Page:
The story started last month, as Philip Christodoulou wanted his Bitcoin balance to be examined. In an effort to find a companion application, he decided to look for “Trezor,” the company that makes the hardware wallet in which he stored his cryptograph.
Christodoulou found Trezor’s logo and green background, which he downloaded and entered its details. The application featured a clock logo. There were unfortunately no Trezor wallet applications; it was a fake snuck in the shop that did not relate to the company itself.
The Washington Post reports that Christodoulou’s Bitcoin 17,1 pilfered with the app, valuing 600,000 dollars (nearly 1 million dollars today). He accuses Apple that the app can be placed in its store. “They have betrayed the confidence I have in them,” he said. “Apple’s not worth getting away with that.”
He said the app has a five-star rating, which adds legitimacy. Christodoulou added Nothing Apple said about him being reimbursed.
Before it is approved, Apple reviews all applications submitted. In the case of this fake, the company logo and colors were presented with the name of Trezor, but the application “cryptography” was provided for the encryption of iPhone files and password storage. Apple was “no crypto-currency,” which the developers reassured, which allowed for Apple to appear on the App Store on 22 January. After the app was available in the store, it changed to a crisis wallet.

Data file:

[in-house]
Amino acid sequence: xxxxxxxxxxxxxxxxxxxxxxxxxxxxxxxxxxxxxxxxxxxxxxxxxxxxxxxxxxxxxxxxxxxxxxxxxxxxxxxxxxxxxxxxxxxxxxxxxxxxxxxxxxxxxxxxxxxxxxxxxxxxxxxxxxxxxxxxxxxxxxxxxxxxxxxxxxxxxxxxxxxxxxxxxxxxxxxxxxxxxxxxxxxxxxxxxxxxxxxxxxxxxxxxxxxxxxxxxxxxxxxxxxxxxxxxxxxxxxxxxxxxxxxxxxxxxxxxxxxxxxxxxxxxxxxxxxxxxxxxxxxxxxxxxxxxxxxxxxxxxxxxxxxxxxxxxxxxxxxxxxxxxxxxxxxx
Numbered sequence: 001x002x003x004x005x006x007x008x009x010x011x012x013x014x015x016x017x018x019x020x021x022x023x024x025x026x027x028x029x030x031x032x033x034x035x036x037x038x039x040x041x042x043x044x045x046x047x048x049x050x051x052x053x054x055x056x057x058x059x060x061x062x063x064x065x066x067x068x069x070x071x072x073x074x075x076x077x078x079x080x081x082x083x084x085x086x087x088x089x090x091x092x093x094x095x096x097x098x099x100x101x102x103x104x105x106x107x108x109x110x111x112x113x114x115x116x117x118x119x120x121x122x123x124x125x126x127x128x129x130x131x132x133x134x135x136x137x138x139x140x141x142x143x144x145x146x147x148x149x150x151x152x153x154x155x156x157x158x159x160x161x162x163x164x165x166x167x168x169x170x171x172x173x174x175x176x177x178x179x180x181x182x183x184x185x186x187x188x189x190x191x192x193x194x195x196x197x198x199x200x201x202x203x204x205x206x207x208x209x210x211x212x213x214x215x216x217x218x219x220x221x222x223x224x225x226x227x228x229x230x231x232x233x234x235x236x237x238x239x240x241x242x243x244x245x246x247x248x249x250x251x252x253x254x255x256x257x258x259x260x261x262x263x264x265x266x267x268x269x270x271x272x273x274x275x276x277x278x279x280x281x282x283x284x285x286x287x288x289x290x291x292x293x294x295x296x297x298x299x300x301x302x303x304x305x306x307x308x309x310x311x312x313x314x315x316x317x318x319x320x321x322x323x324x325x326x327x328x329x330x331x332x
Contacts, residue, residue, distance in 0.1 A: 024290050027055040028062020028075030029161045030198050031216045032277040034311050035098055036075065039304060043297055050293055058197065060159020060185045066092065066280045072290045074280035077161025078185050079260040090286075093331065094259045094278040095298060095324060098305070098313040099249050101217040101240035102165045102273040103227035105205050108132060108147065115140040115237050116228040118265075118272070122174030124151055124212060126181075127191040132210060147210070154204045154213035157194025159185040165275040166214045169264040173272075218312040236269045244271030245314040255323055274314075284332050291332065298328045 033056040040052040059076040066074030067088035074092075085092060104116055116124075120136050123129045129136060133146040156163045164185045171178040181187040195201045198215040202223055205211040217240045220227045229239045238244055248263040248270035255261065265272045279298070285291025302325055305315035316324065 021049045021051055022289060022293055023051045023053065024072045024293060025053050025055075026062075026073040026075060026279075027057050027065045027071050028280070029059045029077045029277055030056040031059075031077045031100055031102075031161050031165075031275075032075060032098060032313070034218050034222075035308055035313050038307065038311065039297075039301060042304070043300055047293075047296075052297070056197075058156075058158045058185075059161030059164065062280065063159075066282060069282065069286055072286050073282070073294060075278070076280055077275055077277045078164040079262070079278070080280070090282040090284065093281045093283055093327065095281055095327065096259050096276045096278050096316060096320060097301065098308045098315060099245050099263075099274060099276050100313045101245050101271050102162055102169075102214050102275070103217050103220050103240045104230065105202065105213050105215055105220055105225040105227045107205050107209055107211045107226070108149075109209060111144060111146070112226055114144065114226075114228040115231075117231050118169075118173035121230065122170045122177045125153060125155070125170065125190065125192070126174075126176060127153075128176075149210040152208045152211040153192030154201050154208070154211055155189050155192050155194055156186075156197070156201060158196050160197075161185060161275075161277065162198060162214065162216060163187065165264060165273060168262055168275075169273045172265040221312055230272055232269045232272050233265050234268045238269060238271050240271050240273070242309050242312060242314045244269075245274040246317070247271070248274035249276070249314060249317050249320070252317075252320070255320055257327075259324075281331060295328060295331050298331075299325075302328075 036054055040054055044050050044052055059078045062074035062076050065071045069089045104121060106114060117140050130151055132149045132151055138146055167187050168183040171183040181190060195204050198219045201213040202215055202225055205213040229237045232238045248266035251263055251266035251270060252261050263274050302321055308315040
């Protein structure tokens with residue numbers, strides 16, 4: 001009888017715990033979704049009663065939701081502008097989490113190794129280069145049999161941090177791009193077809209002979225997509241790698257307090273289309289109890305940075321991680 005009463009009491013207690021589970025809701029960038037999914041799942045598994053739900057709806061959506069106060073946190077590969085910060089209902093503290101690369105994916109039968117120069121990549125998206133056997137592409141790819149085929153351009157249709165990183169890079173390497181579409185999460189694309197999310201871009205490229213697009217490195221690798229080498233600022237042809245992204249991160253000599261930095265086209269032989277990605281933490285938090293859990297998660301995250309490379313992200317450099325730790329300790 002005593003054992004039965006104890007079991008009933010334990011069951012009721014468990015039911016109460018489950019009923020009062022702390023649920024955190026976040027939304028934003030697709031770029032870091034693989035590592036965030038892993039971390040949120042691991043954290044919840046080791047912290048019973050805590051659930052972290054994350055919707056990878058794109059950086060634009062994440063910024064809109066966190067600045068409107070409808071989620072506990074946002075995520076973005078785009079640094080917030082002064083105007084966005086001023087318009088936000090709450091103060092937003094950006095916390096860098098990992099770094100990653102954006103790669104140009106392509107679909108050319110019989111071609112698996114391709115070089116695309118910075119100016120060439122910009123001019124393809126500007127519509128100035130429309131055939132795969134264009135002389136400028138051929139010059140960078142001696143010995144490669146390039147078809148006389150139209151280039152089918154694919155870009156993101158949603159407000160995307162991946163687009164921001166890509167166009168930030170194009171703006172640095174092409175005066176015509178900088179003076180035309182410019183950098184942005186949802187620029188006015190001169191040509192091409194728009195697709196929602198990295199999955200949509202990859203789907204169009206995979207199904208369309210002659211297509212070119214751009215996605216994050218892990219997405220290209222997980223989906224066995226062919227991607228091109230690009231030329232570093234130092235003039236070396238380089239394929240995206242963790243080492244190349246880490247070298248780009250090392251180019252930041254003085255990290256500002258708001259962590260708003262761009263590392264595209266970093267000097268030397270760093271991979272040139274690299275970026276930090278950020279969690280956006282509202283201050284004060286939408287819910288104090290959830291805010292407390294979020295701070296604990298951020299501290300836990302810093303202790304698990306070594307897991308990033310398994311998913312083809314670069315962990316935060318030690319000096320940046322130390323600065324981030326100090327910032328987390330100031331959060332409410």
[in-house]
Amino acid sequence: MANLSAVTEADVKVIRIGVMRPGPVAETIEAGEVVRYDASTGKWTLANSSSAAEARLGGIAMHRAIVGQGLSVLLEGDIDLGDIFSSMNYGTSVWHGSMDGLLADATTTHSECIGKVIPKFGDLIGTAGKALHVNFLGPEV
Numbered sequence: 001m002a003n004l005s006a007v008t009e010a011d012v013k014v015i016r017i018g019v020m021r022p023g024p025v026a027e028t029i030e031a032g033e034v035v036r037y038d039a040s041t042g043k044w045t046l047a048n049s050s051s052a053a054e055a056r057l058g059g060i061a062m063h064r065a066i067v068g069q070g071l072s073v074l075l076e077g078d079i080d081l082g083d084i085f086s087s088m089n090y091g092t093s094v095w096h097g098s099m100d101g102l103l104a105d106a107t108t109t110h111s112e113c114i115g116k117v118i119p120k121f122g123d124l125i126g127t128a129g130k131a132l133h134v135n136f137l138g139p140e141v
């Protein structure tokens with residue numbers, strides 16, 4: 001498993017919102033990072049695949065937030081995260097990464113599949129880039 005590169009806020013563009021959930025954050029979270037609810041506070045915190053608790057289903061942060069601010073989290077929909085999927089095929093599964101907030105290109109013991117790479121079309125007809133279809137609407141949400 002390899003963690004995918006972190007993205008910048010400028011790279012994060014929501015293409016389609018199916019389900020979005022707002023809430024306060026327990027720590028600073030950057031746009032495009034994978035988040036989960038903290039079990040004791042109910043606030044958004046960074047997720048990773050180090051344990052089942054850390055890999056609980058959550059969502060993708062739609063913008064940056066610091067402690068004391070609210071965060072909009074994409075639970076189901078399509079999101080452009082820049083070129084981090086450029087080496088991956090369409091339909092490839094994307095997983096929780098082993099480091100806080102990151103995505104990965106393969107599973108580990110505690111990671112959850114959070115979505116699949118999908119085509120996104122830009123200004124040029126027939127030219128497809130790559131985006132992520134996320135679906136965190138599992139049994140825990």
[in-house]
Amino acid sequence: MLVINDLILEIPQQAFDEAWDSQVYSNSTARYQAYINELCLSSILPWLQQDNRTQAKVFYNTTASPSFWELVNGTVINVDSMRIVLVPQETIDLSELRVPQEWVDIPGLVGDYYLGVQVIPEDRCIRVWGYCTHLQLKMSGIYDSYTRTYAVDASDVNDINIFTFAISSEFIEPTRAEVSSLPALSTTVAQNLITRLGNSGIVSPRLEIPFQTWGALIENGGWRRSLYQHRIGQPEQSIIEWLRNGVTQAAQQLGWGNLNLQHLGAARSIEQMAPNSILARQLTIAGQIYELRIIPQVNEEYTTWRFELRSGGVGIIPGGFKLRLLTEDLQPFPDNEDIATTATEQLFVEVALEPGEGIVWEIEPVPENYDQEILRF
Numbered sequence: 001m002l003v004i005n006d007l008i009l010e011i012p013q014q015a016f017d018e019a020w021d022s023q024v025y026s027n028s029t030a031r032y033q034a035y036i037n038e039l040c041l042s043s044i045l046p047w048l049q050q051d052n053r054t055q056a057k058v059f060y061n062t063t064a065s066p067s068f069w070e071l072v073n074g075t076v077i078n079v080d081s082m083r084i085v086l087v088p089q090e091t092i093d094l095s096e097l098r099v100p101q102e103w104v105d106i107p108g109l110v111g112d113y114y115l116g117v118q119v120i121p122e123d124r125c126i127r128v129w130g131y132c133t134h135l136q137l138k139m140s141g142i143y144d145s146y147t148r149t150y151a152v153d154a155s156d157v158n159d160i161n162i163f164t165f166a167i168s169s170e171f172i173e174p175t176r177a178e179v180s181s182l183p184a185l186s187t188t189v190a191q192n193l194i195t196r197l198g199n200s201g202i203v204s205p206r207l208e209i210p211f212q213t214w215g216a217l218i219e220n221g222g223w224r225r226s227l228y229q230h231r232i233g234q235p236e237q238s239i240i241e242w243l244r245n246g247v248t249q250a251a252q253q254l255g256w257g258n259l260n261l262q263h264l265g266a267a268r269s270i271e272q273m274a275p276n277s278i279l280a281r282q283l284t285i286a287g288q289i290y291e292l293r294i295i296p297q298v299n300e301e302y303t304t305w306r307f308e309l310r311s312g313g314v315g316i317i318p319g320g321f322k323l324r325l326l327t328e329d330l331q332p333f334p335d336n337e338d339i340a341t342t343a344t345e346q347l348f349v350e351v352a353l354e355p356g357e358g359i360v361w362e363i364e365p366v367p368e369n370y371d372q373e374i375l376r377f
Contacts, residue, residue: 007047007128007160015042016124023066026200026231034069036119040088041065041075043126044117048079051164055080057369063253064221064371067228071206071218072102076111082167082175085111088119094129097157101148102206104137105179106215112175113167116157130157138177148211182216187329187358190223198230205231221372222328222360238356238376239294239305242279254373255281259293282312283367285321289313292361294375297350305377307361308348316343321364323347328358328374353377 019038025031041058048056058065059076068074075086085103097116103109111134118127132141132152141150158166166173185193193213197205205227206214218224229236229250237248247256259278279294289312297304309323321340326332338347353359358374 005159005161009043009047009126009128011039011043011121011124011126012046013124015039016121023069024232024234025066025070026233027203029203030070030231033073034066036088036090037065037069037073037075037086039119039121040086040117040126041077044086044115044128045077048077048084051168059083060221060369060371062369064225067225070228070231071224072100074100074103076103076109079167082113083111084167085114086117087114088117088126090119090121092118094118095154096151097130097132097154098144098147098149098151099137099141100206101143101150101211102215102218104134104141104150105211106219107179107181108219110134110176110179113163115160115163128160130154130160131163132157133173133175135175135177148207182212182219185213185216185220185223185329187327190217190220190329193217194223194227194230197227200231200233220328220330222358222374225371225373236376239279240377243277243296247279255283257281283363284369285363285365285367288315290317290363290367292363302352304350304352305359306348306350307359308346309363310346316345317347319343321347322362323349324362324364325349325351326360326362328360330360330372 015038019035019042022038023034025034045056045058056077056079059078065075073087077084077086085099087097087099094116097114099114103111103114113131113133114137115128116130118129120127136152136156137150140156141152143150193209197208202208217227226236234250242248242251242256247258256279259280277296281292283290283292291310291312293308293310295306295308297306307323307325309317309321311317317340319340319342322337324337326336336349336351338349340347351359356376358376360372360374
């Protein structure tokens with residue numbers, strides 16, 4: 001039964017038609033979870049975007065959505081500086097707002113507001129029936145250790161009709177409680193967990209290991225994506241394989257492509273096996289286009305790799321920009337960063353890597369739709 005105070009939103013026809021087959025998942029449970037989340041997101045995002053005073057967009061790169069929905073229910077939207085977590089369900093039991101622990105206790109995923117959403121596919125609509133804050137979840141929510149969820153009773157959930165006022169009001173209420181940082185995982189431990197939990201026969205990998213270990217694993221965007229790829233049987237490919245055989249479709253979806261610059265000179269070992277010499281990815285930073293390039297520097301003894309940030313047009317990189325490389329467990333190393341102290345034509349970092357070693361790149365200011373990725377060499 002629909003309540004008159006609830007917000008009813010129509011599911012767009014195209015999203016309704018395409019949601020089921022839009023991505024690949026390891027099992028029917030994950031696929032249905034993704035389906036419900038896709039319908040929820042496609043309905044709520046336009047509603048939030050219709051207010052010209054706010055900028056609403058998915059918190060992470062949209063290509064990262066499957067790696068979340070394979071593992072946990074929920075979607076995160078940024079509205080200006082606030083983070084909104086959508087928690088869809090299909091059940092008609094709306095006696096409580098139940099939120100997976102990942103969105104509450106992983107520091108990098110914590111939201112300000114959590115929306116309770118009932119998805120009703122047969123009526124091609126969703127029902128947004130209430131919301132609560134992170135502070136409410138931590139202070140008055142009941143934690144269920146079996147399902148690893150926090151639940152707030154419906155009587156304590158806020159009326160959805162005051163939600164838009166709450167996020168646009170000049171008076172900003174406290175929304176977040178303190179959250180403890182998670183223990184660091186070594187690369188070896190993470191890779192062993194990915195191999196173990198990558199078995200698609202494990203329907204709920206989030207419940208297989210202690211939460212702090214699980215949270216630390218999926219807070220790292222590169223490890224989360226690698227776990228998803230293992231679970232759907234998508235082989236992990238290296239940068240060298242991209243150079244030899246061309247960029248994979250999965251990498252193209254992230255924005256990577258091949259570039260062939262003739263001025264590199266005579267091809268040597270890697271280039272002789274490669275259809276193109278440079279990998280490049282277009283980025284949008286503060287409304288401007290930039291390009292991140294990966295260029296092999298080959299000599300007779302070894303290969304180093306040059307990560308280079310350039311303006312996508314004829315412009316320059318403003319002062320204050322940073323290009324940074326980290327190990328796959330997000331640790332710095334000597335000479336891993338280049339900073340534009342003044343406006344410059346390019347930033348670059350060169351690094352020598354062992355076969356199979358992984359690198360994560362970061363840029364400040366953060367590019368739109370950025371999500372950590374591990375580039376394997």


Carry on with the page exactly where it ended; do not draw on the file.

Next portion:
According to Coinfirm, five individuals have lost $1.6 million in total to the iOS app, while counterfeit Trezor applications on Android estimate people have lost $600,000.
Apple said that on February 3 it deleted the app and prohibited the developer from reported to the real Trezor. Two days later there was another fake app with the same name. It was prohibited, too.
The data from the Sensor Tower suggests that around 1,000 times the scam application is downloaded. Another iPhone user who lost Ethereum and Bitcoin worth $14,000 claims the Apple representative told him they were not responsible to losses caused by the fake Trezor app.